Published: Thu, June 06, 2019
Markets | By Otis Pena

Oil falls amid economic slowdown; supply cut consensus offers support

Oil falls amid economic slowdown; supply cut consensus offers support

The Nasdaq closed 2.7% higher, erasing its losses after a steep selloff on Monday driven by worries about tech company regulation.

Crude oil futures fell 0.51 per cent to Rs 3,696 per barrel Tuesday in line with a weak overseas trend.

With U.S. production surging, more of its oil is being exported.

Last night it was trading down about 1.8 per cent at $60.85 a barrel.

Crude oil price trended lower after the Energy Information Administration reported a weekly build in crude oil inventories, at a sizeable 6.8 million barrels.

"Yesterday's upswing on the back of rising stock markets was halted by an unexpectedly sharp rise in USA crude oil and product stocks", Commerzbank said.

Brent futures settled down $1.34, or 2.2%, at $60.63 a barrel.

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A downward revision by the World Bank in its global growth forecast, the IMF's lower forecast for the Chinese economic growth and data from ADP showing a weak private sector employment growth in the US raised concerns about energy demand and weighed on oil prices.

Meanwhile, Saudi Arabia sought to arrest the oil price slide in recent days, reiterating on Monday that the Kingdom and OPEC would do "whatever it takes" to rebalance the oil market by "drawing down inventories from their now elevated levels", Saudi Arabia's Energy Minister Khalid al-Falih said.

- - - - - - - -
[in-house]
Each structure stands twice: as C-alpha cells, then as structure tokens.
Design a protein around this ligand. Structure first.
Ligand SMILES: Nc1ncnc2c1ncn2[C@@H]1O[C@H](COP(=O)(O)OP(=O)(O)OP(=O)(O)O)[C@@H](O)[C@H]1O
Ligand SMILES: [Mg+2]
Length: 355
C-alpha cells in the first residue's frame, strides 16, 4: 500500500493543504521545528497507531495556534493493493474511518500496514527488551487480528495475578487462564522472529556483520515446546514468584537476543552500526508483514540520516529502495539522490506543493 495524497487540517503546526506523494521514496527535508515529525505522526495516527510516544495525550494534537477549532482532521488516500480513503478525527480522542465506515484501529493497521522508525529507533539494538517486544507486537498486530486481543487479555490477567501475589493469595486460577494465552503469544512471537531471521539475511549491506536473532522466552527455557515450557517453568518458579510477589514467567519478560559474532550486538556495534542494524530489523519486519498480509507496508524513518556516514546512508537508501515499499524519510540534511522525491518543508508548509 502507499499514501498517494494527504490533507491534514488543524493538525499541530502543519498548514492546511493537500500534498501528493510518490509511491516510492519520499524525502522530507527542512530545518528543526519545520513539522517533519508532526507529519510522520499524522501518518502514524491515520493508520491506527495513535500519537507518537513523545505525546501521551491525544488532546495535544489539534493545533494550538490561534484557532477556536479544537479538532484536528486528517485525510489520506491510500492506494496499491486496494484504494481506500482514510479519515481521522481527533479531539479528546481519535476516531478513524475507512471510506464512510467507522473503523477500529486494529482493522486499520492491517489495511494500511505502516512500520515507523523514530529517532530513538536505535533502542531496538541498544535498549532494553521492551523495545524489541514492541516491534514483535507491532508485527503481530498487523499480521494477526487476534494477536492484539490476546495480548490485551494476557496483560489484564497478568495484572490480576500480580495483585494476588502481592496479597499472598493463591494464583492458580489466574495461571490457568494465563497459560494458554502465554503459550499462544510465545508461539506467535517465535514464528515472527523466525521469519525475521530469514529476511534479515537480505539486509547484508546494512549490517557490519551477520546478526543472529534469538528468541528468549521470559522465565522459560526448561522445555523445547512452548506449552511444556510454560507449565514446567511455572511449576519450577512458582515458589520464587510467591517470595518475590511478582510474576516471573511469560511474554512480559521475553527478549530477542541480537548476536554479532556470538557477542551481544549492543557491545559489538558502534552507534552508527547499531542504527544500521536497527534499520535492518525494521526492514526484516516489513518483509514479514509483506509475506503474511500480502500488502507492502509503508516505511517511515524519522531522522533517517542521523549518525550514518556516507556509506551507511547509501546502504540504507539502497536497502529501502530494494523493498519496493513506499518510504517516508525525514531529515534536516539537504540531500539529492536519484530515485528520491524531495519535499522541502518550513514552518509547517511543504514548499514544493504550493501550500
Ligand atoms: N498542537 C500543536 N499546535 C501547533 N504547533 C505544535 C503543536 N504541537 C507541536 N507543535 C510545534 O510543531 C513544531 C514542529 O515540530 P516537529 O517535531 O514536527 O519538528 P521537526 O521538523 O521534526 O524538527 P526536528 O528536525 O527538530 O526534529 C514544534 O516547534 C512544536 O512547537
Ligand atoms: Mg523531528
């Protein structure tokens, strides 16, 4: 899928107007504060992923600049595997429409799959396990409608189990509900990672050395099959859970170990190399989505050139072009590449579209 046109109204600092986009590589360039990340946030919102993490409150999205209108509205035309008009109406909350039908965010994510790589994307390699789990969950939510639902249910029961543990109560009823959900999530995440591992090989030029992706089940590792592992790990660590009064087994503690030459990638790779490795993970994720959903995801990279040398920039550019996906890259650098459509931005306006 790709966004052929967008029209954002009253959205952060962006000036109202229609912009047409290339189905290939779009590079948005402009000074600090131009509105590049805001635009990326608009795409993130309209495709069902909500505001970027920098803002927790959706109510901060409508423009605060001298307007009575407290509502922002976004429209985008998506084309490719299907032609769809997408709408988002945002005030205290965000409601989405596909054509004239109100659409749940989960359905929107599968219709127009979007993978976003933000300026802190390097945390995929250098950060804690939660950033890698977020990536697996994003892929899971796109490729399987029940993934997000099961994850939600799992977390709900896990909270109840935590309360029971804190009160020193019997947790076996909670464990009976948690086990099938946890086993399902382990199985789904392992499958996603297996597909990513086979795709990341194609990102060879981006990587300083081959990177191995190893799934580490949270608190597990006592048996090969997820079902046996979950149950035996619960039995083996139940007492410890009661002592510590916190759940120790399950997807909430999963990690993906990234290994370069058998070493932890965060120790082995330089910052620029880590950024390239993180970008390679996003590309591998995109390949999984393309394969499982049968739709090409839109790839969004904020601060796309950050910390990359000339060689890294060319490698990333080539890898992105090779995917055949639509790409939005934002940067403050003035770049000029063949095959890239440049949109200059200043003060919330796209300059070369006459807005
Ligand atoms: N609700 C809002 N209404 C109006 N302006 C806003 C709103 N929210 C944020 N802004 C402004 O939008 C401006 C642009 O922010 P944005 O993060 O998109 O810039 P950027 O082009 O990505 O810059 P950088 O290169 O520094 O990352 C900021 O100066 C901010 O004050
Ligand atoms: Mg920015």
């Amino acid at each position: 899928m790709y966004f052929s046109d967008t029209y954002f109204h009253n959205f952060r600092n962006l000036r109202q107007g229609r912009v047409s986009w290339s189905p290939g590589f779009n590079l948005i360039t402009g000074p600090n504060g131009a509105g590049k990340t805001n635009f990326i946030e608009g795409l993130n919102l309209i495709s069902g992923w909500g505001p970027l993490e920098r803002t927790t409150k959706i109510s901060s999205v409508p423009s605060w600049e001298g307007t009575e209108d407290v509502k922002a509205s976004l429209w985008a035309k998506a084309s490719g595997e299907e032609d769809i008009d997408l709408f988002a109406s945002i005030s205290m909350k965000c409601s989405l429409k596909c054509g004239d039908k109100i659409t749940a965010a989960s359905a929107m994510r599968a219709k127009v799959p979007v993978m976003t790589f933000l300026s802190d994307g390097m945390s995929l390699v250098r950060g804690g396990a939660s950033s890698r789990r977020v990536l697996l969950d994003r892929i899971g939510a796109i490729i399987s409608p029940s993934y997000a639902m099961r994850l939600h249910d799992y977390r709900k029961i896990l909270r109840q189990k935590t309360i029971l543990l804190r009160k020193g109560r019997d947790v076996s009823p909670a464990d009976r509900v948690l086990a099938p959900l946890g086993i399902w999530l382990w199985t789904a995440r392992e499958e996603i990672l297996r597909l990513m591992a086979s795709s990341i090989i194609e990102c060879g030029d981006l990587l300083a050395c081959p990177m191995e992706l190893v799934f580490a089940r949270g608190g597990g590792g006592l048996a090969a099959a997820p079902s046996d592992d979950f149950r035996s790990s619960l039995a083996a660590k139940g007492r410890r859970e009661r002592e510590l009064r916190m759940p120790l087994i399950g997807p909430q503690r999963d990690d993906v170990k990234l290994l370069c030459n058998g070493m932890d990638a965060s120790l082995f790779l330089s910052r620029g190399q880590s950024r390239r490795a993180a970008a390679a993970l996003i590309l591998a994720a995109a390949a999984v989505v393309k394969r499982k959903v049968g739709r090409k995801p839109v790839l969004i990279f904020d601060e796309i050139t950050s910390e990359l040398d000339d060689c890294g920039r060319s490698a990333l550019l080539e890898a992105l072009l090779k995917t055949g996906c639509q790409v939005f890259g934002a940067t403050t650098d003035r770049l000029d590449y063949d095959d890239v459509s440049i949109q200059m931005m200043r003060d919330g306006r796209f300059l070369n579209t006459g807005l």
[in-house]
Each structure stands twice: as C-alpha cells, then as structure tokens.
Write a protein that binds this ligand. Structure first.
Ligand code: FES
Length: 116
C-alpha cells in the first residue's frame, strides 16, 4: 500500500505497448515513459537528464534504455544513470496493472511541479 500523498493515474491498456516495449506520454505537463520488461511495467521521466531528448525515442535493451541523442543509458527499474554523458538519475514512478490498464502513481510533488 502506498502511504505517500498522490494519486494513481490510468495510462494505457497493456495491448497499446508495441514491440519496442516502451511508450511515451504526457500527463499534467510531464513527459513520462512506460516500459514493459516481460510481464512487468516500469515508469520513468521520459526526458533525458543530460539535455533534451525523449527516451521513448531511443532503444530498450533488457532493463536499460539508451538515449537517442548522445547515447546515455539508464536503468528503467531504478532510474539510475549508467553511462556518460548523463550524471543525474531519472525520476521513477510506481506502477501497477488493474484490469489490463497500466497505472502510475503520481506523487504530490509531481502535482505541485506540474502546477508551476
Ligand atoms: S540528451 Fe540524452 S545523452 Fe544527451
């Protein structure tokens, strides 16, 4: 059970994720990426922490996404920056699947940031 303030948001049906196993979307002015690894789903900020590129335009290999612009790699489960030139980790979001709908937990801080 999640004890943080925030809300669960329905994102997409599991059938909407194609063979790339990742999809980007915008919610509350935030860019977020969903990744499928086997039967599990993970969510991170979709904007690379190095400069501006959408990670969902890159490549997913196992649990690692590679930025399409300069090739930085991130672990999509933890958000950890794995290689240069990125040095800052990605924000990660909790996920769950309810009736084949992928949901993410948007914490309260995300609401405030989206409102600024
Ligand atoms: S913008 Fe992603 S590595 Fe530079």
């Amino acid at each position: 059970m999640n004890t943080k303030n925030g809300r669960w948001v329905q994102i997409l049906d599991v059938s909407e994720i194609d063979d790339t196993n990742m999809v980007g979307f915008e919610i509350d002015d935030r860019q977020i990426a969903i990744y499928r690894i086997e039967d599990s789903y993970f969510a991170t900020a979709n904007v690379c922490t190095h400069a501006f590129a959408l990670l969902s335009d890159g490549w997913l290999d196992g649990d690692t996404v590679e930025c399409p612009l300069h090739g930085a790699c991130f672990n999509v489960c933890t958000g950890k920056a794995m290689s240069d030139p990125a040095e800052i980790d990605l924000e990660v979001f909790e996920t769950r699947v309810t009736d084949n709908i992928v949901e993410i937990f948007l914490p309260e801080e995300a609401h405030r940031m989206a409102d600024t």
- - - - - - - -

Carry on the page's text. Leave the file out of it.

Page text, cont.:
To prevent oversupply and prop up the market, OPEC, together with allies including Russian Federation, has withheld supply since the start of the year.

While Mexico had rejected a possible US ploy to take back all Central American asylum seekers, the possibility of Mexico tariffs made headway, and a further escalation of Sino-US trade war following Beijing's threat to curb rare earth element export had begun to take death toll and raised questions over crude oil demands over an elusive possibility of trade agreement between United States and China in a near-term outlook.

The group plans to decide later this month or in early July whether to continue withholding supply.

Crude oil prices dropped Wednesday, and according to experts are now on track to enter a bear market, as USA data revealed a weekly crude supply climb of almost 7 million barrels, to their highest level in nearly two years.

Meanwhile, Saudi Energy Minister Khalid al-Falih has called recent volatility "unwarranted" and has said he expects OPEC to help to stabilize prices beyond the end global output pact that ends at the start of July. OPEC's de-facto leader Saudi Arabia said on Monday a consensus was emerging for continued cuts in the second half of the year to ensure market stability.

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